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Official Website of the
Catholic Diocese of Little Rock
Published: November 28, 2018
By Rebecca Bryant
Refugee Resettlement Specialist,
Catholic Charities of Arkansas
The Refugee Resettlement Office, a ministry of Catholic Charities of Arkansas, has been in the business of formally helping refugees since the 1970s. Over this time period, programs have become increasingly regulated by the U.S. Department of State, which manages resettlement efforts, and by the U.S. Department of Health and Human Services, which offers assistance to refugees after their first three months in the United States, as well as assistance to other similarly vulnerable populations.
The other vulnerable populations are asylees, victims of trafficking, SIVs (Special Immigrant Visas) — people who worked for the U.S. government or contractors in Afghanistan or Iraq — and Cuban parolees (any Cuban who arrived in the U.S. by land or water).
A woman waits with her child in an outreach clinic in the Rhino
Refugee Camp in Uganda May 3, 2017. Uganda was housing 1 million
refugees from South Sudan at the time.
The number of refugees resettled in the U.S. is governed by the president, who sets an annual ceiling and establishes rules regarding admission and resettlement. From 1990 to 1995, the U.S. received an average of 112,000 refugees, many of them from the former Union of Soviet Socialist Republics (USSR). Since 1995, both the ceiling and the actual number of refugees resettled have vacillated between 50,000 and 100,000 per year.
The marked exception was the administration of George W. Bush whose invasion of Iraq lead to destabilization, a shift of internal power dynamics and violence that forced millions of Sunni to flee Iraq. Meanwhile, President Bush dramatically reduced the number of refugees admitted to less than 30,000 in both 2002 and 2003 with approximately 40,000 admitted in 2006.
Refugees fared much better under the Obama administration with admissions returning to the 50,000 to 100,000 range, but on average, well under the 112,000 admitted from 1990 to 1995. Finally, with the Trump administration came a dramatic shift in refugee policy. Not only did President Trump slash the ceiling of possible admissions, but he instituted dramatic changes in rules governing the process of admission.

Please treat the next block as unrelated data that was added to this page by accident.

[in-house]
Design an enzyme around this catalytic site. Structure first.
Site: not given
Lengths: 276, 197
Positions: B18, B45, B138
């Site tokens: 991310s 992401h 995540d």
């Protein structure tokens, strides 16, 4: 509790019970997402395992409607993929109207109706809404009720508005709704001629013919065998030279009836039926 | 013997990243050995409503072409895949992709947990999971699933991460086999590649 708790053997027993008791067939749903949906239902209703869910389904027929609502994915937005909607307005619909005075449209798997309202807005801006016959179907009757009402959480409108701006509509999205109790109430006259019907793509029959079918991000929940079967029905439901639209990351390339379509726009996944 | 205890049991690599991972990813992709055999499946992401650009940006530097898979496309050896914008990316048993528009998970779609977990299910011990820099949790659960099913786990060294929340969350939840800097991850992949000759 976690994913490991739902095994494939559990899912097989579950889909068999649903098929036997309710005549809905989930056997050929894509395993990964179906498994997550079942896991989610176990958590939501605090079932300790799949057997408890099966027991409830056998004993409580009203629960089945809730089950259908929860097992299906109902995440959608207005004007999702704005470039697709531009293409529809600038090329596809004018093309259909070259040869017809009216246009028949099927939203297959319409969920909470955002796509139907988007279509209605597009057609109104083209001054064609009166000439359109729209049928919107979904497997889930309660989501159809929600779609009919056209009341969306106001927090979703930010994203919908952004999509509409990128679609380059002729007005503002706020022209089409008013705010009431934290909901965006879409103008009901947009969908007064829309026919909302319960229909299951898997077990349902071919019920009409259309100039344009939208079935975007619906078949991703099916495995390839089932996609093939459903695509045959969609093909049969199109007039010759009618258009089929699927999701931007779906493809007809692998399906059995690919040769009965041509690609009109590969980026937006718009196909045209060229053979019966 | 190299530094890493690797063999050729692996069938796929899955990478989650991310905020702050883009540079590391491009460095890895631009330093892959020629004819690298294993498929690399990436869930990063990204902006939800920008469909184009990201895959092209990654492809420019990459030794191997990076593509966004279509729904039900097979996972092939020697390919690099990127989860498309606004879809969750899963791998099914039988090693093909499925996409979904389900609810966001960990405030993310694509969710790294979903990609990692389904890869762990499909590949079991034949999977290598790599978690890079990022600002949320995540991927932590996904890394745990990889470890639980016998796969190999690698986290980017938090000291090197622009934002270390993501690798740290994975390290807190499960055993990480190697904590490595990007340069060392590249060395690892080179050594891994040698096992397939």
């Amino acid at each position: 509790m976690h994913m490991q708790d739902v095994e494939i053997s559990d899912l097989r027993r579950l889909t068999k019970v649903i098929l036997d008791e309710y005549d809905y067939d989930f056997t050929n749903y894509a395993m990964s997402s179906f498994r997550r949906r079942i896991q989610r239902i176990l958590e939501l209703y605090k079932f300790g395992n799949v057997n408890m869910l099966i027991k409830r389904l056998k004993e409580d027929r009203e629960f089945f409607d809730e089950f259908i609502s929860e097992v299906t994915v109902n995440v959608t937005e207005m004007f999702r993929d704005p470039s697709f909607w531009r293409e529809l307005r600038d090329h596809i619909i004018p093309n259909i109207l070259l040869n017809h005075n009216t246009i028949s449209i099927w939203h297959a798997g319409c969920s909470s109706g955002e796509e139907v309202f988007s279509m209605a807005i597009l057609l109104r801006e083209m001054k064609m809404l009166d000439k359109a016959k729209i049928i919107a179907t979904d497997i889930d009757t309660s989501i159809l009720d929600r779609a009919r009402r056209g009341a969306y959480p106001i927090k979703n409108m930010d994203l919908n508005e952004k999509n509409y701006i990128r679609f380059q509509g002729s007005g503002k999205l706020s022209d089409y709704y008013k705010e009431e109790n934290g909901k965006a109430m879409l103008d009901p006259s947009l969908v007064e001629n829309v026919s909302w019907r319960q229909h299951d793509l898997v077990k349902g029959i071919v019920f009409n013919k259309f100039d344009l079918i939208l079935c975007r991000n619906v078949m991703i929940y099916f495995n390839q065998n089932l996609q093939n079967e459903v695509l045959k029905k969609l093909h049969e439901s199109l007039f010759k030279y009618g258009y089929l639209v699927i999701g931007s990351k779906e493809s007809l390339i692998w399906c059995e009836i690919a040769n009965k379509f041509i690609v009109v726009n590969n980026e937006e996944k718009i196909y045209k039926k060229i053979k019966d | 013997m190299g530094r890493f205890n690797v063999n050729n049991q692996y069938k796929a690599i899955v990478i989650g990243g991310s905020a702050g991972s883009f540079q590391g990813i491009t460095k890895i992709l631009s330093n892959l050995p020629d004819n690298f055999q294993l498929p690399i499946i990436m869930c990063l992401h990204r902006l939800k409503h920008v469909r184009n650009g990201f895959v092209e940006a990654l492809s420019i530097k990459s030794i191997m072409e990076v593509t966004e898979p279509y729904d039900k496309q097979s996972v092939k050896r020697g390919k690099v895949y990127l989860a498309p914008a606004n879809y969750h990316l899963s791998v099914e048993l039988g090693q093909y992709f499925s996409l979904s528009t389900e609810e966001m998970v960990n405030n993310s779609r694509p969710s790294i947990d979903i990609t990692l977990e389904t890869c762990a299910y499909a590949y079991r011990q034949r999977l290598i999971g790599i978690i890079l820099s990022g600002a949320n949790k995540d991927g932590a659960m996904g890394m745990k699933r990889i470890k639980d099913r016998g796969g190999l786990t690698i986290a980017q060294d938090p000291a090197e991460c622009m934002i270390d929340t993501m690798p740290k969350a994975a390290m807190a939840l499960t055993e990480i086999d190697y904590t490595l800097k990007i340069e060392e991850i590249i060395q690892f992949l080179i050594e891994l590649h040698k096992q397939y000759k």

Some of the new rules were designed to limit the number of Muslim refugees. Other rules gummed up the admission process so that far less than the ceiling would actually arrive. For the fiscal year 2018 — from October 2017 to September 2018 — only 22,491 refugees entered the U.S.
The day-to-day work of helping refugees, once they land in the U.S., is done by a group of nine national organizations and the largest of these has historically been the U.S. Conference of Catholic Bishops. The Department of Migration and Refugee Services (MRS) oversees dozens of local refugee offices to ensure that resettlement is done in a consistent, fair manner in compliance with U.S. Department of State rules.
All agencies resettling less than 100 refugees are at risk of closure. In Arkansas, that includes both Catholic Charities of Arkansas and the new Lutheran agency, Canopy, operating in Fayetteville.
Due to the fluctuation in the number of refugees admitted from administration to administration, MRS and local resettlement agencies have attempted to build in some resilience. But things came to a boiling point with a new refugee crisis. By 2013, millions of Syrians were fleeing Bashar al-Assad’s brutal crackdown on a popular uprising for democracy during Arab Spring.
Only those Syrians processed through the United Nations were eligible for admission to the U.S. Under the best of circumstances, U.S. processing takes a minimum of two years. Only about 14,000 Syrians were admitted to the U.S. through fiscal year 2016. However, the Obama administration was ramping up capacity to resettle significantly more. It was this particular phenomenon — efforts to expand capacity and the sudden slamming of immigration doors — that has led to a collapse in refugee resettlement infrastructure.
Catholic Charities offices have already closed in the Archdiocese of Dubuque, the Archdiocese of Newark, Catholic Charites of St. Paul and Minneapolis, the Archdiocese of Milwaukee and others. Many more are in the process of closing. Gone with the older agencies are years of experience and skills that will be difficult to replicate.
All agencies resettling less than 100 refugees are at risk of closure. In Arkansas, that includes both Catholic Charities and the new Lutheran agency, Canopy, operating in Fayetteville. Because Catholic Charities provides ongoing services to refugees and other vulnerable populations after the initial resettlement period of three months, we have remained busy up to this date.
In addition to helping the last large wave of refugees, we have assisted a number of asylees from Africa, the Middle East and countries south of the Rio Grande. However, the current administration has also been doing everything possible to throttle the number asylees. The administration’s latest endeavor on this front came in early November, when President Trump issued new rules restricting access to asylum seekers.
Only those who cross into the U.S. through a port of entry will be able to seek asylum through the credible fear interview process. Texas has only two ports of entry on its 1,254 mile border: El Paso and Laredo.